Jose Davila IV
More than five decades after the assassination of Dr. Martin Luther King Jr., hundreds of New Haveners packed into Varick Memorial AME Zion Church on Dixwell Avenue for a standing-room-only celebration of King and the holiday.
The annual event featured worship, song, speeches and a number: $146,079,896 — the annual revenue New Haven is allegedly denied, primarily in property taxes, by Yale’s tax exempt status.
A coalition of unions and related community organizations such as New Haven Rising hosted Monday’s service. In 2019, New Haven Rising spearheaded the effort for a stronger jobs agreement between Yale and New Haven workers — an attempt to “tackle the gross inequality King illuminated in his ‘two Americas’ speech” delivered in 1968, according to the MLK celebration Facebook event. Ultimately signed in August, the agreement was a notable victory for community activists, but many of Monday’s speakers emphasized that Yale’s obligations to the city remain unmet and called for the University to assume greater financial responsibility in the Elm City.
“New Haven faces a jarring inequality where the wealthiest among us grow richer and richer while the poorest fall further behind,” State Treasurer Shawn T. Wooden, the keynote speaker, told the crowd on Monday evening. “We must ask ourselves: Is it fair for a city as poor as New Haven to provide a $146 million tax break to institutions as wealthy as Yale University and Yale New Haven Hospital?”
The crowd answered with a resounding no.
The celebrated jobs agreement — which includes deadlines on hiring local residents and longer-term perpetual agreements meant to strengthen a pipeline from New Haven organizations and programs to Yale employment — went into effect in August. The document was the latest milestone in a decades-long struggle between the University and the city’s politically powerful labor unions. But several key union organizers have pointed out that while the agreement was a definite labor victory, structural issues in the Yale-New Haven relationship remain. Namely, they pointed to Yale’s tax exemption and the burden it places on New Haven’s revenue generation.
In an email to the News, University spokesperson Karen Peart described several of the University’s contributions to the New Haven community, including its educational outreach programs, its free and open cultural institutions and its focus on hiring from local neighborhoods. She cited programs such as New Haven Works, Yale’s Homebuyer Program and the New Haven Promise.
“Yale is a strong supporter of and contributor to New Haven,” Peart wrote. “The University’s annual voluntary payment to New Haven is over $12 million. No other city receives a larger voluntary payment from a single institution. The University also pays over $5 million in annual property taxes on its non-academic properties and as a result is one of the top four real estate taxpayers in New Haven … the University has a long-standing commitment to our home in New Haven and remains dedicated to working closely with its mayor, its Board of Alders and its community partners and neighbors.”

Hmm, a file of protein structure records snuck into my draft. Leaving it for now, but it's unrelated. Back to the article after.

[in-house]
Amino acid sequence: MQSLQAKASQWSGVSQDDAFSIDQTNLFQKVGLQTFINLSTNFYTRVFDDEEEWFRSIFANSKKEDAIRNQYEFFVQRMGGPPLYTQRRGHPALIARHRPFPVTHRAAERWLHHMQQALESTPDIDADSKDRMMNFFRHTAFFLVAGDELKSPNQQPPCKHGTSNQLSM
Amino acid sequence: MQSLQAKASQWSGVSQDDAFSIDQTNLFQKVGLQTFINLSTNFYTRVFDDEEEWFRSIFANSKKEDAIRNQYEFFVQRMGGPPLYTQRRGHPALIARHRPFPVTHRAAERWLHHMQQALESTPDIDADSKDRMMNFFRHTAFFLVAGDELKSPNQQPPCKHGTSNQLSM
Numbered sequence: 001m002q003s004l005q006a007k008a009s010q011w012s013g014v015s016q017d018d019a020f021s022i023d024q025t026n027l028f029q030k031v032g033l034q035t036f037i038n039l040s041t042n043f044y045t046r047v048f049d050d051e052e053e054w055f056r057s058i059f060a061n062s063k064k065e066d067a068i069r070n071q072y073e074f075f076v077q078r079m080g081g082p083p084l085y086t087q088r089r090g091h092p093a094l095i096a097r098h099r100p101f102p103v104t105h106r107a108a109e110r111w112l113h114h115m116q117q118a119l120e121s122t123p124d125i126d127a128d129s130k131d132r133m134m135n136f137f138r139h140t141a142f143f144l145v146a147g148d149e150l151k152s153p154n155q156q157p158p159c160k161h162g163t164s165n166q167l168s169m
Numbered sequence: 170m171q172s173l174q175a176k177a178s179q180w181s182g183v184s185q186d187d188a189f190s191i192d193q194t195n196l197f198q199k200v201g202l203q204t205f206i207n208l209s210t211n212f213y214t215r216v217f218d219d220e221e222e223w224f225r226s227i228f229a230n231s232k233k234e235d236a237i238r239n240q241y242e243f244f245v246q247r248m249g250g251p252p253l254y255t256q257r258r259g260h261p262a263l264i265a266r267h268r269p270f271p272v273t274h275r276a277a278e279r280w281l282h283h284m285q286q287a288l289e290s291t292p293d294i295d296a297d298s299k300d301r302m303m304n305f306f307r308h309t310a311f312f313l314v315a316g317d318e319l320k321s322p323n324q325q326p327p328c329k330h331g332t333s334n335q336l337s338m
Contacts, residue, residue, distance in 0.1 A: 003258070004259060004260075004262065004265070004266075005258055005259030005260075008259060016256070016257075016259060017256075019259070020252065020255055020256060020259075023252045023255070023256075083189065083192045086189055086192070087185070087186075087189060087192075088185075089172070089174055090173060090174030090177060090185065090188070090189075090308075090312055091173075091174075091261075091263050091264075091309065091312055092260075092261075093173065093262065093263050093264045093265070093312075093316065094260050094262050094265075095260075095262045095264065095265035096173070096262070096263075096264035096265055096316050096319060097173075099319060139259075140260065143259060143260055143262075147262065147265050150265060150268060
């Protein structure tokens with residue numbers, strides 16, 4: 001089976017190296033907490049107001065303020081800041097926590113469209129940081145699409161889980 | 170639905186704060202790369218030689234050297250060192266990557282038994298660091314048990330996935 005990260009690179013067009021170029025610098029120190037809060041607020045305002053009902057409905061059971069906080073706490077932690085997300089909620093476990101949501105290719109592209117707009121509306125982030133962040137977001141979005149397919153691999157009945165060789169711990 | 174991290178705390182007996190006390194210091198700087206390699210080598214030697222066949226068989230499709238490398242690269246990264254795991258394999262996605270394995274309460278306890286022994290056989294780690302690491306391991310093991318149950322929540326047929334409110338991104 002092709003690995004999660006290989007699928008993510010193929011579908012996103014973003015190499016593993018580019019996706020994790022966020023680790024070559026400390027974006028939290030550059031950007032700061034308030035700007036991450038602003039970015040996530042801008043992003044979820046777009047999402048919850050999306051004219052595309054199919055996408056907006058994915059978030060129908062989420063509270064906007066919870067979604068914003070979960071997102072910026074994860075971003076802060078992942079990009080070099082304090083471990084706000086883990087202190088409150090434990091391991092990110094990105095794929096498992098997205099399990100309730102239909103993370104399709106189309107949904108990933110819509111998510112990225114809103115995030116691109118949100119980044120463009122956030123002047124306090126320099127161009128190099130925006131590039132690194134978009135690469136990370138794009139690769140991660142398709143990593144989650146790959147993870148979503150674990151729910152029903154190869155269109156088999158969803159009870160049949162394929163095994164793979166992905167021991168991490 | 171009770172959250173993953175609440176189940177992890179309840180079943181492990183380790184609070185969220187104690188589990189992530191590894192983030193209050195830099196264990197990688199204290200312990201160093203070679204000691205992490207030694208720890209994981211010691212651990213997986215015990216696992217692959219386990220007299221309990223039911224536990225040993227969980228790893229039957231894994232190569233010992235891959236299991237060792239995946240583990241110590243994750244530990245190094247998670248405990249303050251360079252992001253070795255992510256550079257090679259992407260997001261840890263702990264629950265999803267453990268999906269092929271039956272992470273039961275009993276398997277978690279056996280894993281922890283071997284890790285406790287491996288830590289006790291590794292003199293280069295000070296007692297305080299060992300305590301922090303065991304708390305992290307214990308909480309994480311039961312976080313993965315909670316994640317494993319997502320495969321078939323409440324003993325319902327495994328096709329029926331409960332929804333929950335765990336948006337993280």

Still, in his remarks, Wooden criticized what he called a local and nationwide system “designed to preserve privilege and power.” He said that Yale’s substantial contributions to New Haven — which include approximately $5 million in taxes and $12 million in voluntary payment each year in addition to support for a number of community programs — do not absolve the University of its obligations to a city that faces a deepening economic crisis.
Wooden thanked former Mayor Toni Harp for her service and efforts to reduce the inequality that renders a quarter of New Haveners impoverished and more than 40 percent burdened by rent — a designation that describes households spending more than 30 percent of their income on housing. Wooden went on to commend newly inaugurated Mayor Justin Elicker’s commitment for continuing this work, drawing a parallel between Dr. King’s “two Americas” speech and Elicker’s “Tale of Two Cities” op-ed in the News.
While one New Haven sees “opportunities abound … [m]any individuals in our most vulnerable communities are in crisis” wrote Elicker, who was then on the campaign trail.
Elicker talked extensively about the two New Havens on the stump, garnering enough support for his vision to unseat Harp, a three-term incumbent, by a 40-point margin. He specifically pledged to hold Yale accountable by negotiating with the University to more than quadruple its voluntary contribution in lieu of taxes, which most recently was $12 million annually.
At Monday’s event, Elicker underscored his commitment to realizing his campaign promises and echoed Ward 23 Alder and Board President Tyisha Walker-Myers’ earlier remarks — that progress requires communication, collaboration and dedication from all corners of the city. Walker-Myers, an annual presence, also made a personal promise: she will not return to the MLK event next year, challenging attendees to “put [their] work behind [their] words” between now and then, and implying her hope that another rallying cry for jobs and an increased commitment from Yale is unnecessary by this time next year.
Other speakers included Congresswoman Rosa DeLauro, newly inaugurated Ward 6 Alder and New Haven Rising member Carmen Rodriguez and New Haven Rising Founder Rev. Scott Marks. A common thread ran through their remarks: that Yale does not contribute enough to the Elm City and that the University should be a partner, not just a presence.
Varick Memorial AME Zion Church was initially formed to counter segregation in other churches at the time and was later involved in the Underground Railroad.
Jose Davila IV | firstname.lastname@example.org
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